By Dan Karlholm October 25, 2021

Nuclear Superpowers Art, culture, and heritage in the Nuclear Age

Eglė Rindzevičiūtė talks to Ele Carpenter about the strong correlation between the experience of imperialism and colonial power, high technology and cultural responsibility.

By Egle Rindzevičiūtė April 22, 2021

Faces of Russia’s empire. The Bergholtz collection of ethnographic images from the early 18th century

The Division of Prints and Drawings of the Swedish National Museum contains a collection with just over 200 hand painted images of the peoples of the Russian Empire which, up to the present time, has been largely unknown to scholars. The images, dating from the first half of the 18th century, are associated with the name of Friedrich Wilhelm Bergholtz (1699–1772) a courtier and collector who served as a tutor to the Grand Duke Petr Fedorovich (the future Peter III). In this article, the authors describe the contents of the collection, consider its' possible origin, and assess its significance, particularly with regard to its depictions of Siberian peoples and Ukrainians.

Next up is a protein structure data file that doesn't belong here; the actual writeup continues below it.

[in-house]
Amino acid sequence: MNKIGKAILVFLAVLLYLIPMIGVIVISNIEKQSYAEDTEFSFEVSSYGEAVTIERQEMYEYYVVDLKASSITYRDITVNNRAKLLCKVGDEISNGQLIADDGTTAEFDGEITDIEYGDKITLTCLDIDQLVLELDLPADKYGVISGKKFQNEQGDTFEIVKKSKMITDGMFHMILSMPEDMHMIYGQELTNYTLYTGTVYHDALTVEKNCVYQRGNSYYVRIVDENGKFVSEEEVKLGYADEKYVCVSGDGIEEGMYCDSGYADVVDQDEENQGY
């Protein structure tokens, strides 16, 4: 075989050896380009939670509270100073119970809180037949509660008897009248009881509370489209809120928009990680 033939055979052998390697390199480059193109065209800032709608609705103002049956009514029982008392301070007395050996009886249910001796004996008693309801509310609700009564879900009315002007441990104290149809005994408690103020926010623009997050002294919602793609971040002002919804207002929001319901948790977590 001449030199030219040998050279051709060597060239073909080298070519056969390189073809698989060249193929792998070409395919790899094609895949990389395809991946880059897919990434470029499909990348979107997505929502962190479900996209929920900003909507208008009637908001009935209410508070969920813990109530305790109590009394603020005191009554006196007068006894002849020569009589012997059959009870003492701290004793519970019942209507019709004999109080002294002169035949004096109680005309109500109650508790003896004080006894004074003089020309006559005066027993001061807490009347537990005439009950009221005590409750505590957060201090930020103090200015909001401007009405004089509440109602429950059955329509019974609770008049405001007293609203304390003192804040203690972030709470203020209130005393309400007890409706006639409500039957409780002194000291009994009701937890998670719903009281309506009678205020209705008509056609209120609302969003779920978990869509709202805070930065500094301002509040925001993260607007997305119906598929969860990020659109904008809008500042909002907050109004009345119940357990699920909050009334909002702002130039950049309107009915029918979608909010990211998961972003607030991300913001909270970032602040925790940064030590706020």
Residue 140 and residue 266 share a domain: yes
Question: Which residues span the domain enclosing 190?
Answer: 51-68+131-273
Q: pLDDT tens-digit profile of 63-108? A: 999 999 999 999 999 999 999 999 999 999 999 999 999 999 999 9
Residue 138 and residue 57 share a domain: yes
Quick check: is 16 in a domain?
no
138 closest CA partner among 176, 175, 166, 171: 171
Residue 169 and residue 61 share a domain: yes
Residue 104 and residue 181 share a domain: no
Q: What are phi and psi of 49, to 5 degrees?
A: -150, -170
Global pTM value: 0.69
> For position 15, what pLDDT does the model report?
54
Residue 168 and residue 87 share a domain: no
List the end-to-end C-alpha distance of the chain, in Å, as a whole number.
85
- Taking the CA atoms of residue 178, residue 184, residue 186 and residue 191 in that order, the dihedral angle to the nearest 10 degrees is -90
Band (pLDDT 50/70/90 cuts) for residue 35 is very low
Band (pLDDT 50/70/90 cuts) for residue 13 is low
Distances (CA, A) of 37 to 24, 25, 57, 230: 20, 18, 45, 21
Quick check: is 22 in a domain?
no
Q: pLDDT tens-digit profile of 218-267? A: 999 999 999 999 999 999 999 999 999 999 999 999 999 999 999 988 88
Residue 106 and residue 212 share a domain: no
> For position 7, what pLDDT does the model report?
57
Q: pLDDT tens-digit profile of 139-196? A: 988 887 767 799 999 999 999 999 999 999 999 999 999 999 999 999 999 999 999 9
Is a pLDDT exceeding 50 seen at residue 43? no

Essay by Edward Kasinec and Nathaniel Knight April 22, 2021

Nomadic Memory Artivism as the Practice of Recovering Memory

Memory can be retained and archived. You can, however, also manipulate it, obliterate its fragments and sometimes whole segments, using its stores as a tool in a political fight with minorities. Historical memory is only seemingly a domain of objective knowledge. The point of departure for my artivistic practice is always work with archival material. With time, my experiences led me to outline a specific understanding of historical memory as a process in which the most important role is played by the migration of ideas, a peculiar kind of nomadism.

Essay by Zuzanna Hertzberg February 12, 2021

Negotiating modernism The Yugoslavian Pavilion at the Stockholm Fair 1950